zen.org Communal Weblog

April 22, 2011

Tomorrow, Tomorrow, I Want Ya, Tomorrow

Filed under: — brendan @ 20:30 GMT

Today was pretty harsh, so I’m looking forward to starting over tomorrow.  Elana and the boys came in to visit today, but a jerk playing the role of security guard downstairs, for the first time in seven weeks claimed the boys weren’t allowed to come up to St Anne’s Ward (the cancer ward) to see me.  He argued with E that the ward should have called down to him if they were meant to visit.  This back-and-forth went on for a few minutes (at least).

E didn’t put up with it and just walked away, bringing the boys up.  (A nurse said the security guy should have called them.)  Patrick was in a weird mood when I saw them come into the room because of this, and it took some effort to get him past it.  Finally we were playing cards and he had his nice, newly-cleaned teeth smile on his face.  Eoin was scribbling in his activity book after trying and bailing on cards.  Elana was (I hope) relaxing in the chair a little, while the three guys were on the bed.

Unfortunately the visit didn’t end well; another patient had told the nurses that they were concerned about children being on the ward (fear of infection), so they had to leave about a half an hour earlier than we’d been planning.  (This never happened before when the boys were in to see me.)  The situation was really rough on both E and me.  Something of a shock, which we’re still processing, since it just put the stage lights blazing down on the fact that they’re at home and I’m not.

Processing and recovering: that’s what we keep doing (or are expected to be doing).  Not easy.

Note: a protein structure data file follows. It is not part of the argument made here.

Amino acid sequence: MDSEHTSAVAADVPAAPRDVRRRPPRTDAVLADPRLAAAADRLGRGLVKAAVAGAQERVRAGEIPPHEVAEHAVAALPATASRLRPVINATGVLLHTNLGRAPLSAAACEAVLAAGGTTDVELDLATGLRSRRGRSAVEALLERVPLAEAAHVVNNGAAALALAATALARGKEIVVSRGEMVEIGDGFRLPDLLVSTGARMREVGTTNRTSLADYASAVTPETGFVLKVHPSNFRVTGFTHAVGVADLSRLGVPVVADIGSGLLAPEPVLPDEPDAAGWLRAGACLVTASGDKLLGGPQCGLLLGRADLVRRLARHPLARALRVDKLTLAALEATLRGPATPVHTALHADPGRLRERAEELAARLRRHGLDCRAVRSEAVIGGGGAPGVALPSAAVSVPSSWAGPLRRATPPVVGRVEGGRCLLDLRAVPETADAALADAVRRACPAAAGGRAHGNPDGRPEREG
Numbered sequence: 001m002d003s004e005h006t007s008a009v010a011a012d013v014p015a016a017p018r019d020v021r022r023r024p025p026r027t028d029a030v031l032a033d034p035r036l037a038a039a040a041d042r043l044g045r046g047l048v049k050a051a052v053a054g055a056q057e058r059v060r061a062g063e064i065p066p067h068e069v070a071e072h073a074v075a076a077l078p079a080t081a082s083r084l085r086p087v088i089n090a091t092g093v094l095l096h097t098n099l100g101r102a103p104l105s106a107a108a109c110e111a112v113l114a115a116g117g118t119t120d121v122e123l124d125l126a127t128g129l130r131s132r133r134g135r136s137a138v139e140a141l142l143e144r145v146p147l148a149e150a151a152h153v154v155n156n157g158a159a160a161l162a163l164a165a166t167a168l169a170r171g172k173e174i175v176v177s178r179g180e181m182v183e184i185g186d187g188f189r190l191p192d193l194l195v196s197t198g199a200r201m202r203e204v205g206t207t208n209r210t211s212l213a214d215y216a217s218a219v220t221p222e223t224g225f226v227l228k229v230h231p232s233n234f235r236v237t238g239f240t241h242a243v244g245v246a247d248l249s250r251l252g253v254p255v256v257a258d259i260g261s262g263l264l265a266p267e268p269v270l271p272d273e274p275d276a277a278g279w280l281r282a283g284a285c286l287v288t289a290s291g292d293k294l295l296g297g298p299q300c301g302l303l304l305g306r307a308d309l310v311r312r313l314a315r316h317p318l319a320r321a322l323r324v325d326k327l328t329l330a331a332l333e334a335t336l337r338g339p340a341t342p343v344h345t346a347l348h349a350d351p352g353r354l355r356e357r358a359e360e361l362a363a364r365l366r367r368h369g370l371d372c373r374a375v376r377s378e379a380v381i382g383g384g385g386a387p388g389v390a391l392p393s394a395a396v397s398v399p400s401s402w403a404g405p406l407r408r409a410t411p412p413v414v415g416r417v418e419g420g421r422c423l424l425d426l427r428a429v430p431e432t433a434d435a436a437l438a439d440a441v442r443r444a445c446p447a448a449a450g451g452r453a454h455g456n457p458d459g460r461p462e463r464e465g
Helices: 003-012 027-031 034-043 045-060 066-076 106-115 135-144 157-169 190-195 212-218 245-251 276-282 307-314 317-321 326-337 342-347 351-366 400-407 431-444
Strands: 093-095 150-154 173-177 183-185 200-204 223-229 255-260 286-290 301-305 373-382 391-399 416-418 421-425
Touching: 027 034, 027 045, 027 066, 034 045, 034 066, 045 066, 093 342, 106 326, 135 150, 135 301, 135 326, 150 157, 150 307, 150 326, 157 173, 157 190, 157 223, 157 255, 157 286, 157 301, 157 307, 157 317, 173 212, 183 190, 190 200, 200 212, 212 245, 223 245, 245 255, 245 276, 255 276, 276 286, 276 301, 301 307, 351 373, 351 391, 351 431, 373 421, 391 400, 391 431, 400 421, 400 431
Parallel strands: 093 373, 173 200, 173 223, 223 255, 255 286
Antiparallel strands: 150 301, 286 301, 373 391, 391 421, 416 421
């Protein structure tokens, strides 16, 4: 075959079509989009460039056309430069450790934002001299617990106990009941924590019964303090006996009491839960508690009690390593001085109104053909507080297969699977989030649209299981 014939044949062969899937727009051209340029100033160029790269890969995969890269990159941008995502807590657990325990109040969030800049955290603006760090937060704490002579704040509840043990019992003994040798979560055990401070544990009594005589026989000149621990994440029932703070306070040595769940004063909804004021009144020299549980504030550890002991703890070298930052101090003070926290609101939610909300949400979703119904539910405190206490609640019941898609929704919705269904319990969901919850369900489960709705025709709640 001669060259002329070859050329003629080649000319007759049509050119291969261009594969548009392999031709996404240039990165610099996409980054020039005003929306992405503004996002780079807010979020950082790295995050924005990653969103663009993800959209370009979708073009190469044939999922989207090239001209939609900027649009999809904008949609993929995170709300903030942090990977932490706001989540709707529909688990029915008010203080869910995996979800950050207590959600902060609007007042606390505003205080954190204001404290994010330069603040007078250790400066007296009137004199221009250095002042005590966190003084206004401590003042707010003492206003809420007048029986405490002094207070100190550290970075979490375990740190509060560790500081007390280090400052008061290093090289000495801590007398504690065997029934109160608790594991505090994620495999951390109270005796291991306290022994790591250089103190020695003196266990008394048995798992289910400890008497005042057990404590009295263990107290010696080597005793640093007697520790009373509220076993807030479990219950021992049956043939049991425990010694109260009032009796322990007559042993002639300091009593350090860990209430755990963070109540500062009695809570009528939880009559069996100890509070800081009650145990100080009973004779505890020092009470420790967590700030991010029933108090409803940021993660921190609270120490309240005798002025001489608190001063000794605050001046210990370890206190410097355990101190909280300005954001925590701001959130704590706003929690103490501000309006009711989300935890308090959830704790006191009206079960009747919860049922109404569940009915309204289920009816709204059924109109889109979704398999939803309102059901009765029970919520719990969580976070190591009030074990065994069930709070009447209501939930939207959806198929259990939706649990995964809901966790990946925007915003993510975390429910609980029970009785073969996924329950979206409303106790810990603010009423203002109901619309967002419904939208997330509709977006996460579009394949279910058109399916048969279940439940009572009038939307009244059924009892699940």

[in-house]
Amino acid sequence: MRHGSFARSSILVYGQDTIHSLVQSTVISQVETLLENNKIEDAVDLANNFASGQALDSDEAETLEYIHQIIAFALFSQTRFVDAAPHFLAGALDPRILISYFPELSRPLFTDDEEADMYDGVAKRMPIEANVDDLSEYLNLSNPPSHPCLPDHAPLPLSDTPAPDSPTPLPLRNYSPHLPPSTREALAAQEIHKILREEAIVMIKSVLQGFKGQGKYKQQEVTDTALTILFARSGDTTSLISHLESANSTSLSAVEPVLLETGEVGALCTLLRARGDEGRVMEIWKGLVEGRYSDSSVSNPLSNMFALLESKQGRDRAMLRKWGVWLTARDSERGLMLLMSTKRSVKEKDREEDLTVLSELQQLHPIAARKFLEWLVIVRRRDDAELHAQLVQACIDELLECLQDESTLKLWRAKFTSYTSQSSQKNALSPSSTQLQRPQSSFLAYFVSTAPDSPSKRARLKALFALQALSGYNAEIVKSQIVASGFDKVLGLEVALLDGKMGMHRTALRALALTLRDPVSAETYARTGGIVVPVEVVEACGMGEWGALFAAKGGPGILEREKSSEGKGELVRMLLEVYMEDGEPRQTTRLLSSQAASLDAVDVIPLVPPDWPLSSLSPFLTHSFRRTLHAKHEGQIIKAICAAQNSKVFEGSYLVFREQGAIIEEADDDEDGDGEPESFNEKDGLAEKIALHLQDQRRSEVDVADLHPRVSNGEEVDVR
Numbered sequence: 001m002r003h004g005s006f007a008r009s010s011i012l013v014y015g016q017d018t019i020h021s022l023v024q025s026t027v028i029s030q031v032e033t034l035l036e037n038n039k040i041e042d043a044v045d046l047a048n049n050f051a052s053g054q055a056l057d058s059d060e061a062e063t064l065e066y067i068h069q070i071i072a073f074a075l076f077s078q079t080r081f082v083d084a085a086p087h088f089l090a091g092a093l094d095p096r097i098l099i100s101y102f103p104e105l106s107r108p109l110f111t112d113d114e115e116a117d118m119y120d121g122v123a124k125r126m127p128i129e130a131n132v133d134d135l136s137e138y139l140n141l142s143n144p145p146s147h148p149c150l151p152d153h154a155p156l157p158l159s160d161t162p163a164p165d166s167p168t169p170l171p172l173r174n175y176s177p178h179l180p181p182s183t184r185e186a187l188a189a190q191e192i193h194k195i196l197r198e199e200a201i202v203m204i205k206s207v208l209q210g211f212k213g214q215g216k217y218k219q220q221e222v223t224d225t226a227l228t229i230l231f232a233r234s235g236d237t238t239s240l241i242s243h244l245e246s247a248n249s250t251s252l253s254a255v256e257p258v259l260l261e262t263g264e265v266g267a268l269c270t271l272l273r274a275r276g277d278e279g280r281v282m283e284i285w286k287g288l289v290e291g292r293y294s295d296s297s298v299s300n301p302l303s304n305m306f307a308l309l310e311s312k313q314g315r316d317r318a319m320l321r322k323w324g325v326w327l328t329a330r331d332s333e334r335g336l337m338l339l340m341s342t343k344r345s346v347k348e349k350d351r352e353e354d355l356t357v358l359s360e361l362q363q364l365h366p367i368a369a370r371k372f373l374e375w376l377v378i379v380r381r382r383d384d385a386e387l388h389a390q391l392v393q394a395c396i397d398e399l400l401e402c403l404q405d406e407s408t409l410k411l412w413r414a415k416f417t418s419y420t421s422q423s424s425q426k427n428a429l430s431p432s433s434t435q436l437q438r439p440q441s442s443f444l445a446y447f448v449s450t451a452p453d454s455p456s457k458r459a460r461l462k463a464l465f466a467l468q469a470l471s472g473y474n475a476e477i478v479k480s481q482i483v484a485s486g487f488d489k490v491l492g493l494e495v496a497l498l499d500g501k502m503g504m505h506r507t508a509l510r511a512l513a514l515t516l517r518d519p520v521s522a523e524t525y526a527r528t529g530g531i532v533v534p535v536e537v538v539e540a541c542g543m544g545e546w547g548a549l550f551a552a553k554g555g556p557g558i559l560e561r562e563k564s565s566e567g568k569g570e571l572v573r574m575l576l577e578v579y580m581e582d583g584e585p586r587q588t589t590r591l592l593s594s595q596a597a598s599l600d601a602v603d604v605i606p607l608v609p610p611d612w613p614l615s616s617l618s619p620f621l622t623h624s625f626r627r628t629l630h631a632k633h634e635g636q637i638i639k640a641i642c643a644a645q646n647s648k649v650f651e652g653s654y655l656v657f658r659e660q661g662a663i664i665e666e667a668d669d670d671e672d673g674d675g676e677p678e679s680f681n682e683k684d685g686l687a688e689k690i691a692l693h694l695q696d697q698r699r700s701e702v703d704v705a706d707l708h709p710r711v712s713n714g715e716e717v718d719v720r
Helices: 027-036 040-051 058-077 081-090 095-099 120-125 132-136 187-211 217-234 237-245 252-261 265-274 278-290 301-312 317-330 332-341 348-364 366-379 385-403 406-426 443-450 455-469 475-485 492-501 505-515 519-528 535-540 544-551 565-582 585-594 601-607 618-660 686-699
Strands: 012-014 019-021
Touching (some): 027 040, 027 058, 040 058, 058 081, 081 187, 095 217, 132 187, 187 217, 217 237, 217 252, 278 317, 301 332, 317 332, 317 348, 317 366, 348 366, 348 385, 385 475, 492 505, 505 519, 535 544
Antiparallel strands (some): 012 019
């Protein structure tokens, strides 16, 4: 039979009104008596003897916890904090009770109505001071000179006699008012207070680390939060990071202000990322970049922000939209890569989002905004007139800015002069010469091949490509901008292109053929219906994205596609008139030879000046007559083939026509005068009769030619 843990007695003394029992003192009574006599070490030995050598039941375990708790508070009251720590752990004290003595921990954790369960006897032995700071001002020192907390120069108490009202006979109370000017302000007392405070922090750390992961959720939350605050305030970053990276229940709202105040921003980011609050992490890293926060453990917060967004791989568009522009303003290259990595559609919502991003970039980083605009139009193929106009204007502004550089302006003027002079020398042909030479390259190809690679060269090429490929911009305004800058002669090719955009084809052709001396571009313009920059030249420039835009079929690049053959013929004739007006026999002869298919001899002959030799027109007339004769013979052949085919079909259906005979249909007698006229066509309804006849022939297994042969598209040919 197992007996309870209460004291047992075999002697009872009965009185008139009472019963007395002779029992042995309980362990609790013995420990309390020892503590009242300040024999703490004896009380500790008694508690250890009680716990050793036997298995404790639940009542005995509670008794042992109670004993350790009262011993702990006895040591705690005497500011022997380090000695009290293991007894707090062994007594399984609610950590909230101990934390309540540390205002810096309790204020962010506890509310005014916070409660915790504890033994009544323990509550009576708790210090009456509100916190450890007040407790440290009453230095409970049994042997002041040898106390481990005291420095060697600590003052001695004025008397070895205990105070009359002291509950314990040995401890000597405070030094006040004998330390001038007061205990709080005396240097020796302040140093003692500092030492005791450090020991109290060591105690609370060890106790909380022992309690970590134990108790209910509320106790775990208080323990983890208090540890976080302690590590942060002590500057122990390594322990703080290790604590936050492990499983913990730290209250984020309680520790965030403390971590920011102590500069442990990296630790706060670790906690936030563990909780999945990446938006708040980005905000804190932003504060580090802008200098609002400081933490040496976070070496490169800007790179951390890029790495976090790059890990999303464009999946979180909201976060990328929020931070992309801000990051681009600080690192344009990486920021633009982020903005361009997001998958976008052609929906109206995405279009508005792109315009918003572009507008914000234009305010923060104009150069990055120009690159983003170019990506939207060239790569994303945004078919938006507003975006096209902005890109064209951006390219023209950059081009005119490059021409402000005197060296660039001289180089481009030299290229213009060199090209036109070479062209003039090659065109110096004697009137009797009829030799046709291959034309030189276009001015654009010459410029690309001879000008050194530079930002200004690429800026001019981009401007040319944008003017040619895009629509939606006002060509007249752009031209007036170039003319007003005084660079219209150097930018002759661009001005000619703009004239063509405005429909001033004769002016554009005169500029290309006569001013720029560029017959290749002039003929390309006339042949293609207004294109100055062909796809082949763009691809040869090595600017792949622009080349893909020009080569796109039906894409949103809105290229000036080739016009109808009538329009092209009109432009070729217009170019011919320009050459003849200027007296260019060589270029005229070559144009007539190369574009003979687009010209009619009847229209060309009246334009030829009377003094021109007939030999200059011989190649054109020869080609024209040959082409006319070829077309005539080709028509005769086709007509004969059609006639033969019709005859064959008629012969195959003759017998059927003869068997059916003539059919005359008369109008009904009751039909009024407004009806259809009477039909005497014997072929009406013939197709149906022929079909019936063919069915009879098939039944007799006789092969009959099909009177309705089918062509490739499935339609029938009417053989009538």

Invisible headphones

The guy filling in for Miss M (the amazing catering staff member for the hospital) while she’s got a couple of days off made it clear he’s listening to something I can’t hear.

“Cuppa tea?” he asked.

“Sure, with milk, thanks!”

“Sugar? Milk?” he continued to ask.

“Umm, just milk please.  And can I get a pack of the ginger nut biscuits as well?” (As well as the ones you just put down on the tray.)

“Sure.”  He comes in, puts down the ginger nut biscuits, and walks out holding the first packet, picked back up off the tray.

I wonder what he was listening to?

Smoke signals gone modern

Having moved beds, I’m now in a room a short distance down the hall from the nursing station.  One interesting difference presented itself compared to where I’ve been for the last few weeks.  People put on their thin plastic aprons and latex gloves—protecting patients from catching anything off the nurse or doctor’s clothing–outside in the hall before coming into the room.  Pulling the plastic out of the container on the wall isn’t particularly quiet, so we can hear the noise before anyone comes in.  Just enough time to hide the booze.

Geekfest morning

I’ll save you the technical details here (already in another blog post), but I succeeded in getting around the really crazy Web filtering which is place when using the hospital wifi Internet connection.  This means I’ll be able to stop seeing error Web pages with big red words telling me I’m not supposed to access information like “Multimedia Content” (mp3s), “Advocacy Organizations” (the EFF at eff.org), or “Freeware Downloads” (pretty much anything you can download for free).

Primary schools in Ireland use the same sort of filtering service, with different levels of coverage deciding what’s okay to see and what isn’t.  Apparently the hospital is more worried than teachers and principals.

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